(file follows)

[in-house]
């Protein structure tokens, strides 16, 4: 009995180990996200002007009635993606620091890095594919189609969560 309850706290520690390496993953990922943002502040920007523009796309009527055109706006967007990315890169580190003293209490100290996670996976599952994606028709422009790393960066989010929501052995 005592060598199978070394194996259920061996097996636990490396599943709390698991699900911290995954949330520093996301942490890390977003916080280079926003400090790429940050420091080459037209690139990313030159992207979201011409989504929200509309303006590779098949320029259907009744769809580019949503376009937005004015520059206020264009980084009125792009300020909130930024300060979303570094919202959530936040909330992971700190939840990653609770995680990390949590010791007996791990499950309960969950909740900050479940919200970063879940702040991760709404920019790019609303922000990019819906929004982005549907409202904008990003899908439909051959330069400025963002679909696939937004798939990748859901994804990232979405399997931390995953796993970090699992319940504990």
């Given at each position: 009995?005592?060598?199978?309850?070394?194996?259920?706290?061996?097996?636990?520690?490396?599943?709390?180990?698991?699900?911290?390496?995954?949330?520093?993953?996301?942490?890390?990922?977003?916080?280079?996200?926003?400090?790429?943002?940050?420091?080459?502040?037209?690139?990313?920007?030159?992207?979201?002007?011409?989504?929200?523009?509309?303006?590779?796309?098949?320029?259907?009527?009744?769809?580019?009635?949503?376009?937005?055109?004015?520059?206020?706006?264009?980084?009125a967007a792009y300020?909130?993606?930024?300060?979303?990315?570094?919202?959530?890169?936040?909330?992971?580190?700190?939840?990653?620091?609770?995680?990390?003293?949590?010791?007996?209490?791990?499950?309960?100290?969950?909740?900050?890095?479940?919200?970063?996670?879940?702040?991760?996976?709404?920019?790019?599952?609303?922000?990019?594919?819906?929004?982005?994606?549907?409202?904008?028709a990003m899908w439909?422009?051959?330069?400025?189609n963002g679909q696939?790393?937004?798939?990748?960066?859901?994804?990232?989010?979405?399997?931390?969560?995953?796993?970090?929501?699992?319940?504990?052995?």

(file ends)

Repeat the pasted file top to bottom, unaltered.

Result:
[in-house]
């Protein structure tokens, strides 16, 4: 009995180990996200002007009635993606620091890095594919189609969560 309850706290520690390496993953990922943002502040920007523009796309009527055109706006967007990315890169580190003293209490100290996670996976599952994606028709422009790393960066989010929501052995 005592060598199978070394194996259920061996097996636990490396599943709390698991699900911290995954949330520093996301942490890390977003916080280079926003400090790429940050420091080459037209690139990313030159992207979201011409989504929200509309303006590779098949320029259907009744769809580019949503376009937005004015520059206020264009980084009125792009300020909130930024300060979303570094919202959530936040909330992971700190939840990653609770995680990390949590010791007996791990499950309960969950909740900050479940919200970063879940702040991760709404920019790019609303922000990019819906929004982005549907409202904008990003899908439909051959330069400025963002679909696939937004798939990748859901994804990232979405399997931390995953796993970090699992319940504990």
């Given at each position: 009995?005592?060598?199978?309850?070394?194996?259920?706290?061996?097996?636990?520690?490396?599943?709390?180990?698991?699900?911290?390496?995954?949330?520093?993953?996301?942490?890390?990922?977003?916080?280079?996200?926003?400090?790429?943002?940050?420091?080459?502040?037209?690139?990313?920007?030159?992207?979201?002007?011409?989504?929200?523009?509309?303006?590779?796309?098949?320029?259907?009527?009744?769809?580019?009635?949503?376009?937005?055109?004015?520059?206020?706006?264009?980084?009125a967007a792009y300020?909130?993606?930024?300060?979303?990315?570094?919202?959530?890169?936040?909330?992971?580190?700190?939840?990653?620091?609770?995680?990390?003293?949590?010791?007996?209490?791990?499950?309960?100290?969950?909740?900050?890095?479940?919200?970063?996670?879940?702040?991760?996976?709404?920019?790019?599952?609303?922000?990019?594919?819906?929004?982005?994606?549907?409202?904008?028709a990003m899908w439909?422009?051959?330069?400025?189609n963002g679909q696939?790393?937004?798939?990748?960066?859901?994804?990232?989010?979405?399997?931390?969560?995953?796993?970090?929501?699992?319940?504990?052995?």